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Dan Vasiliu, corespondent RRA în Marea Britanie

24 Martie 2019
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Heather Rolfe, Immigration Expert at the National Institute of Economic and Social Research (NIESR) in London, offered an exclusive interview for Radio Romania News Channel (RRA).

RRA Exclusive Interview: H.Rolfe. Brexit and immigrant communities in UK

dan-vasiliu-corespondent-rra-in-marea-britanie

 

Heather Rolfe, Immigration Expert at the National Institute of Economic and Social Research (NIESR) in London, has talked about the impact of Brexit on immigrant communities in the United Kingdom, in an exclusive interview on 9 March 2019, for Radio Romania News Channel (RRA).

RRA Correspondent in London, Dan Vasiliu: What impact do you think Brexit will have on immigrants? What do you think will happen in the near future?

Heather Rolfe, Immigration Expert: I think it has an impact already. We see that the number of immigrants is declining, especially the number of those coming from Eastern Europe. Not so much from Romania and Bulgaria, but we have a significant decrease in the number of Poles who come to the UK. There are more Poles leaving the UK than those who come. This is the lowest level since 2009. So Brexit already has an impact because there are people talking about limiting the right to free movement and there are many uncertainties about the future and the status of those who remain. After leaving the European Union, new rules on immigration will be imposed, with the aim to attract people with better qualifications and to discourage the others. This will certainly affect the latter, with fewer opportunities to find a job in the UK.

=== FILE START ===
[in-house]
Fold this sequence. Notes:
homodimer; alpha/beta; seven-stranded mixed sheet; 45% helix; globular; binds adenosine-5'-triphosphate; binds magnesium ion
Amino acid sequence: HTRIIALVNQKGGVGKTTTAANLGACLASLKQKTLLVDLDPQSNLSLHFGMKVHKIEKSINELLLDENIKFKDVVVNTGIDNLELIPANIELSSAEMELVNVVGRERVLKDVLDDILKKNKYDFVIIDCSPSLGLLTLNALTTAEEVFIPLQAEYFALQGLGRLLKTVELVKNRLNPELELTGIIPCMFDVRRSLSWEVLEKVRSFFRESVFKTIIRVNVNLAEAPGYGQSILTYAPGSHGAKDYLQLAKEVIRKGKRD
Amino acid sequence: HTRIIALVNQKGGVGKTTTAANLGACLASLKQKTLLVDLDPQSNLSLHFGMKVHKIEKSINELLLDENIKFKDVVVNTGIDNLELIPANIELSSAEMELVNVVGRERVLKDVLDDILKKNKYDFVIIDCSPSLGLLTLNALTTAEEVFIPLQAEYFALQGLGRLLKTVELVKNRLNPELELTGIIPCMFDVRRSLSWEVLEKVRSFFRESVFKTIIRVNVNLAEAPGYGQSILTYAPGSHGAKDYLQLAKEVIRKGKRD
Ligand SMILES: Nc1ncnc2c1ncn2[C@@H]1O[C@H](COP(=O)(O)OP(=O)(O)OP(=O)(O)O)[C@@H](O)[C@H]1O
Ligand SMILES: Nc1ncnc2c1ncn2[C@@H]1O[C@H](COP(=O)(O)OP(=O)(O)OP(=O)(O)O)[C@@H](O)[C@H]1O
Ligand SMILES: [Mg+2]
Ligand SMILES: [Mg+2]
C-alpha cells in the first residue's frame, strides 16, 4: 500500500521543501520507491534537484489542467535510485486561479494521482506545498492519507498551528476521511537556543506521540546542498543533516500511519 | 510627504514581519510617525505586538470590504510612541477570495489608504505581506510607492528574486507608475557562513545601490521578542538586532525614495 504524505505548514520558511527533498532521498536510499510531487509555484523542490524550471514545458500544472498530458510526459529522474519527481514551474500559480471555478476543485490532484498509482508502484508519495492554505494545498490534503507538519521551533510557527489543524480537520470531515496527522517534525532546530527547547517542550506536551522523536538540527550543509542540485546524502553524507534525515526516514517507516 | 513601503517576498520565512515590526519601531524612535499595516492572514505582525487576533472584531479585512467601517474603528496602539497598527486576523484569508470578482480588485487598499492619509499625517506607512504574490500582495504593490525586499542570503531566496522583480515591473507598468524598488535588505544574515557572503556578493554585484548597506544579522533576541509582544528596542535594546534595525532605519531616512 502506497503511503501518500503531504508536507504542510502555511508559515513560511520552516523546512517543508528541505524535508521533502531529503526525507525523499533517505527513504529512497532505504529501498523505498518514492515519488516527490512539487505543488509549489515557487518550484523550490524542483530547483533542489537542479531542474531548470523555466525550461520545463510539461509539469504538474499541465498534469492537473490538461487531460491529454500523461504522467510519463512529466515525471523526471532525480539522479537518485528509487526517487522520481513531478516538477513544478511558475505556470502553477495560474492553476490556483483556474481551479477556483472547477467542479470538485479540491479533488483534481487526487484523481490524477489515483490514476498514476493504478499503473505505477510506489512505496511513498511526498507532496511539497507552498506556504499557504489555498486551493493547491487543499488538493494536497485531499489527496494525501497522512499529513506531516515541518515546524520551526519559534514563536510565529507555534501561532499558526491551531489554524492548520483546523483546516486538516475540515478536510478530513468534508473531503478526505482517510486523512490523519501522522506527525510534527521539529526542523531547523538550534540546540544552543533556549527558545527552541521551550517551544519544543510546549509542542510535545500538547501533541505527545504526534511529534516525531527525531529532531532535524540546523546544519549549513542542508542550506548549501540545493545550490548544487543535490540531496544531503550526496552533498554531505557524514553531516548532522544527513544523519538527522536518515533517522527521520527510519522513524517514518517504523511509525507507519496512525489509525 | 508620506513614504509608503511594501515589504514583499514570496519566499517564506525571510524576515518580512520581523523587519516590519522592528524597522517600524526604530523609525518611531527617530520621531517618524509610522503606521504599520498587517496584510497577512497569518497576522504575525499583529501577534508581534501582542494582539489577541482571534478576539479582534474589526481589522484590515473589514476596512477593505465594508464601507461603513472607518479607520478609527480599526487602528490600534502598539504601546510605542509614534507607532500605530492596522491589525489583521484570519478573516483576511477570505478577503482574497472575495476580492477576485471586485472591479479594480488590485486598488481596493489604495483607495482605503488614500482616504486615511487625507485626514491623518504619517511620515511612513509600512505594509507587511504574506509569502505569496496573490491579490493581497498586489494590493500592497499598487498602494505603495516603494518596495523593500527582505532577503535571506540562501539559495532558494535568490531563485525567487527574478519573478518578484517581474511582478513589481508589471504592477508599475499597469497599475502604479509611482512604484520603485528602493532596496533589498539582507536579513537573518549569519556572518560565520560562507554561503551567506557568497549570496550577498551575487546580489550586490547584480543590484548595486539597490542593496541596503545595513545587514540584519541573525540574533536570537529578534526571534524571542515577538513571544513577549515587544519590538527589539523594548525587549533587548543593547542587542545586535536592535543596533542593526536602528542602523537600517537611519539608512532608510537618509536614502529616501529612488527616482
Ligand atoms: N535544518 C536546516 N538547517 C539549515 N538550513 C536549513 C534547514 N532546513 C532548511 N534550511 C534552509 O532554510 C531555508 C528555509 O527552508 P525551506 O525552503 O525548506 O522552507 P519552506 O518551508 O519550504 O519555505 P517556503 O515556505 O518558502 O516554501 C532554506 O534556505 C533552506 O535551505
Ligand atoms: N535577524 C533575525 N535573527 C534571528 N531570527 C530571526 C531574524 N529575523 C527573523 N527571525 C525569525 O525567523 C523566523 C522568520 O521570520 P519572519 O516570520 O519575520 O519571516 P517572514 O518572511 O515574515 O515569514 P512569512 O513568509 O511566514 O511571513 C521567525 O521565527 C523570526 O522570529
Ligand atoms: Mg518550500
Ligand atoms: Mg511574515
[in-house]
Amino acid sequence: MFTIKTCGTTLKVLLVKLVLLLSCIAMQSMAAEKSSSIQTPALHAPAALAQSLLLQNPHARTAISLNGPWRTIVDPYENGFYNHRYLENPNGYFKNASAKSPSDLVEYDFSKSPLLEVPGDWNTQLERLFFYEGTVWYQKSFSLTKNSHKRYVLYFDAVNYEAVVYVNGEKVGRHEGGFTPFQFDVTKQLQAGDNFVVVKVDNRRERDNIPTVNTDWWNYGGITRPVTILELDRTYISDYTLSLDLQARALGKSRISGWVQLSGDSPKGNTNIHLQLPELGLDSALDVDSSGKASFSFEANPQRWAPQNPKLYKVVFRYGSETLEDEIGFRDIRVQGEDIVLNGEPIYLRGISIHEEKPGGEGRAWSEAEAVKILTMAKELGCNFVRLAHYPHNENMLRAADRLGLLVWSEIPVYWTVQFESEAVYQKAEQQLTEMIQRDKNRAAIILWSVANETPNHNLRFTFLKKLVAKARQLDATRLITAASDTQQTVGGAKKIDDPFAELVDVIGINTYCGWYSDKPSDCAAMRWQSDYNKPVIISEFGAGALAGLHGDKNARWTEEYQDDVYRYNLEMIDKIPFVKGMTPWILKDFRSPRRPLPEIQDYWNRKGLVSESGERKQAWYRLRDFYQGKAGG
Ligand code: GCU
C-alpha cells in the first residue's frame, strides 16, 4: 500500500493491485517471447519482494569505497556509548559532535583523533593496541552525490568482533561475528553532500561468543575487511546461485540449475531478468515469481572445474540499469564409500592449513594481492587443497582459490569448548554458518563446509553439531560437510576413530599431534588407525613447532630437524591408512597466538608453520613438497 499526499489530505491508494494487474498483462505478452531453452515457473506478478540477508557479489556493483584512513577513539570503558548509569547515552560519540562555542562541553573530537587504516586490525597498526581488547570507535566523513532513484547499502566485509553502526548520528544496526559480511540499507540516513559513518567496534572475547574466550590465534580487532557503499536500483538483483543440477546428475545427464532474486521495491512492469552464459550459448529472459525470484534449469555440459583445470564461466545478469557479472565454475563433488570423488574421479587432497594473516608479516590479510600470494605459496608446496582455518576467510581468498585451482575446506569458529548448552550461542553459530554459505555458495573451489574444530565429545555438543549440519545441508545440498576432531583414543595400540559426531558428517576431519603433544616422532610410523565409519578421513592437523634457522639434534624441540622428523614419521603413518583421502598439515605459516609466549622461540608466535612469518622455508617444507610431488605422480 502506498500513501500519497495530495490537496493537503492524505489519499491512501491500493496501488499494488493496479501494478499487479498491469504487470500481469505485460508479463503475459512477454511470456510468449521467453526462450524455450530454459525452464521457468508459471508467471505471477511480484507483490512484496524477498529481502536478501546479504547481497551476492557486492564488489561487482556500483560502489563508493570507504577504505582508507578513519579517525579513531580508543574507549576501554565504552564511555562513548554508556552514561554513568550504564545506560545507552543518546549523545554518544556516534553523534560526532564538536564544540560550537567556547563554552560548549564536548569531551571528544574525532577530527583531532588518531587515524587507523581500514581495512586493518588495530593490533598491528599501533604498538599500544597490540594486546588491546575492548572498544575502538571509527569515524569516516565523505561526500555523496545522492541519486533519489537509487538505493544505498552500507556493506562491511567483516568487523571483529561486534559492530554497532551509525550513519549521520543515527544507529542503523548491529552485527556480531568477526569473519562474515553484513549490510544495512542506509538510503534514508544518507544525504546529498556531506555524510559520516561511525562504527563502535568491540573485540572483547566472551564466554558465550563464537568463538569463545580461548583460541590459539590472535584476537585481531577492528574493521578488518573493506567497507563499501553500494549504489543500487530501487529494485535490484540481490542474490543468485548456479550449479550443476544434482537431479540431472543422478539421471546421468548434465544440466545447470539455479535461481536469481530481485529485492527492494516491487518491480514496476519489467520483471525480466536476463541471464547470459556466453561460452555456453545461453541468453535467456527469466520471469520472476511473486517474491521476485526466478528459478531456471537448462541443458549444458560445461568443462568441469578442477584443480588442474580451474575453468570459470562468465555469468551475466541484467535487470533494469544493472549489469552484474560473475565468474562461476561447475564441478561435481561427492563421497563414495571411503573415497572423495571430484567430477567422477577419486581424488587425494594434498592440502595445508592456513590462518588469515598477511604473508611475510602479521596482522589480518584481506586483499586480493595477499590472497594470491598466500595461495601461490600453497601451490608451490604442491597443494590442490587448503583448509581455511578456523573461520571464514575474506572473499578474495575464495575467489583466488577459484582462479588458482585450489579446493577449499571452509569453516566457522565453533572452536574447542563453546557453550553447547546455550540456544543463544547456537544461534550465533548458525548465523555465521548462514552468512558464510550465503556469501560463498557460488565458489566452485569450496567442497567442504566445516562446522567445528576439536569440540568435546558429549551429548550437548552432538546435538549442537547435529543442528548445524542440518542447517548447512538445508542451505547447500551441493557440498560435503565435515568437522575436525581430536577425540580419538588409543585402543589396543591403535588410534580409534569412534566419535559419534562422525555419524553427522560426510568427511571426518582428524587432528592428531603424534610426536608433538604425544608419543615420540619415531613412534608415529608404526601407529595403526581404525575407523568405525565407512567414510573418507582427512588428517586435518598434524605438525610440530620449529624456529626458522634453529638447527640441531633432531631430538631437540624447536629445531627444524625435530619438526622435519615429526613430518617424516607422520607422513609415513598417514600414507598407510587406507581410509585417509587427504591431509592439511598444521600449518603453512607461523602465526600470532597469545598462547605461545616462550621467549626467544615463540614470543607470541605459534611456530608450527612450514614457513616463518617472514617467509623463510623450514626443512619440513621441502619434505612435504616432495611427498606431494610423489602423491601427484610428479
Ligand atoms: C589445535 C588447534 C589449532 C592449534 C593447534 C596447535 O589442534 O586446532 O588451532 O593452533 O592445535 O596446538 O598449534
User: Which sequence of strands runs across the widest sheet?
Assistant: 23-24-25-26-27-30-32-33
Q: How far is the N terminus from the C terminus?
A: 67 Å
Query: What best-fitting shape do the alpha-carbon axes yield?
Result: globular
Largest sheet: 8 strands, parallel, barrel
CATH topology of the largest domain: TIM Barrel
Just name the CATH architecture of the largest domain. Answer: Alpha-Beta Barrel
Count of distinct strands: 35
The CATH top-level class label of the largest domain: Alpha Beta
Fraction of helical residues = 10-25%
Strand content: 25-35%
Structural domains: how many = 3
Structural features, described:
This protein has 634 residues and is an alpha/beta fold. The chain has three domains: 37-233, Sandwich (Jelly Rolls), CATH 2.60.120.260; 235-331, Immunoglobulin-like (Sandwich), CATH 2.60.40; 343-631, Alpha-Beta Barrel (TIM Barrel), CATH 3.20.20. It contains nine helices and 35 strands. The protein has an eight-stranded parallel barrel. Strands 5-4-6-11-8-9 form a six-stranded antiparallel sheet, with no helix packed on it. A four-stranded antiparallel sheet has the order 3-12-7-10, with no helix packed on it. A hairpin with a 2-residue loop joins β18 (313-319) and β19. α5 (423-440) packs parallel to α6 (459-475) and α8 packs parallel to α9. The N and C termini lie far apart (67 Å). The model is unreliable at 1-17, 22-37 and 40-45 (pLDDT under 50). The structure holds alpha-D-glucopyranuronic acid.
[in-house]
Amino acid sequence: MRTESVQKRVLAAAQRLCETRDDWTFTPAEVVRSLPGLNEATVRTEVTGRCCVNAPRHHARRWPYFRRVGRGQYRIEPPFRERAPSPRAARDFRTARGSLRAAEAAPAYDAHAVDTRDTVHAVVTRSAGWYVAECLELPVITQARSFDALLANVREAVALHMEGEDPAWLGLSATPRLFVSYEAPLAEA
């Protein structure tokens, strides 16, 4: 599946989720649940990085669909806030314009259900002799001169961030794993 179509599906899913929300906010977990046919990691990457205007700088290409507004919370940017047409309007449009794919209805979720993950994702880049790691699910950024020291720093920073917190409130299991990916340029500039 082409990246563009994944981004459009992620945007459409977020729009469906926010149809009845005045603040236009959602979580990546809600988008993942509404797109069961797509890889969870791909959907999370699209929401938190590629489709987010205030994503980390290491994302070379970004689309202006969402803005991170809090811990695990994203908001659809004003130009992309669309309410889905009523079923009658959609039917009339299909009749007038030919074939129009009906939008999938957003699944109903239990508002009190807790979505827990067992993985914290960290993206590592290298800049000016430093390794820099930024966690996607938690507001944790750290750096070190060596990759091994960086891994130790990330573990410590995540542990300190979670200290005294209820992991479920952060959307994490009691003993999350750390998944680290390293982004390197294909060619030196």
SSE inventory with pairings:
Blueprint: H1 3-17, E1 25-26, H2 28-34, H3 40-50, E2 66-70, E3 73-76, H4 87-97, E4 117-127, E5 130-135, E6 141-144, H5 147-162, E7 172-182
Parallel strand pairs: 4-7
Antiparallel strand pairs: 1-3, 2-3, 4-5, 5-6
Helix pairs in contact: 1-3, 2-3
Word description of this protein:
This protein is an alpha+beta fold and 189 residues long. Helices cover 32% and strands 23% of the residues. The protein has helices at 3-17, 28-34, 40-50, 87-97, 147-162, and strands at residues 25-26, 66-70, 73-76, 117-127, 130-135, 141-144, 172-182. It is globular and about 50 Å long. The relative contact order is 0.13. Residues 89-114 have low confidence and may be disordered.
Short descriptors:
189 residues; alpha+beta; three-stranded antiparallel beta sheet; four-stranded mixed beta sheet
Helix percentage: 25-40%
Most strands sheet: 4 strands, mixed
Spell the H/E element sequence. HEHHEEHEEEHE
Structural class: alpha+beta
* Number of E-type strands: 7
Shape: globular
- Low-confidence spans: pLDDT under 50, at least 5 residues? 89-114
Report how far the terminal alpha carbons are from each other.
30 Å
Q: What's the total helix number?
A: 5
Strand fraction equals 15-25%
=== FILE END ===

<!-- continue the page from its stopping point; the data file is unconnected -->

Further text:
RRA Reporter: What do you think of this new governmental policy on immigration that favors those with certain skills?

Heather Rolfe: It's not really a policy that automatically excludes less skilled workers. There will be some rules that will allow them to access the labor market, but there will be fewer opportunities. They will only be granted work visas for 12 months, not renewable, and will not allow family members to come to the UK. Most likely, there will also be a scheme for young people, but most likely this too will be limited. What do I think about this plan? Huge mistake. I think the British economy will lose, we have key sectors of the economy that depend on immigrants, such as hotel industry, social welfare, hospitals need employees from Europe. That's why I think the government is making a very big mistake, because the number of immigrants will drop and employers will no longer have labor force.

RRA Reporter: Was the business environment consulted when deciding on the principles of this immigration policy?

Heather Rolfe: Yes. Those in the hospitality industry have already drawn attention to the fact that the new policies do not take into account the needs in the field they work and are very worried that there might be no other option to hire immigrants than the temporary 12-month visa. They want to find workers to prepare and eventually promote them at work, but they will no longer be able to do so in the context of the new rules. They are now lobbying so that the government takes account of their needs, because their businesses could be seriously affected if they cannot hire immigrants in the future.

RRA Reporter: Last year, you took part in several working groups where you analyzed people's attitudes towards immigration and their answers when concrete evidence showed that immigration is economically beneficial. What conclusions did you draw after these meetings?

Heather Rolfe: Interestingly, it is usually said that the British do not see the immigrants with good eyes and they would like restrictions to be imposed, but when you speak directly with people, you notice that their position is more nuanced. They want immigrants who can contribute to economic development and they understand the need to hire workers from outside the country in agriculture, hotels or social care. They admit that some of these jobs are not at all attractive to the British. But what the public does not accept is immigrants who come here and commit crimes and live from social aid. There is a strong association in the collective mind and they mistakenly believe that immigrants come to the UK only for such things. The press has also contributed to this state of affairs, which publishes many negative articles about immigrants. But on the whole, we were surprised to find that the British are quite reasonable when it comes to immigrants and that they admit they are needed for economic development.

RRA Reporter: You mentioned the negative campaign in the press. Regarding immigrants, how much does the attitude of journalists and politicians matter?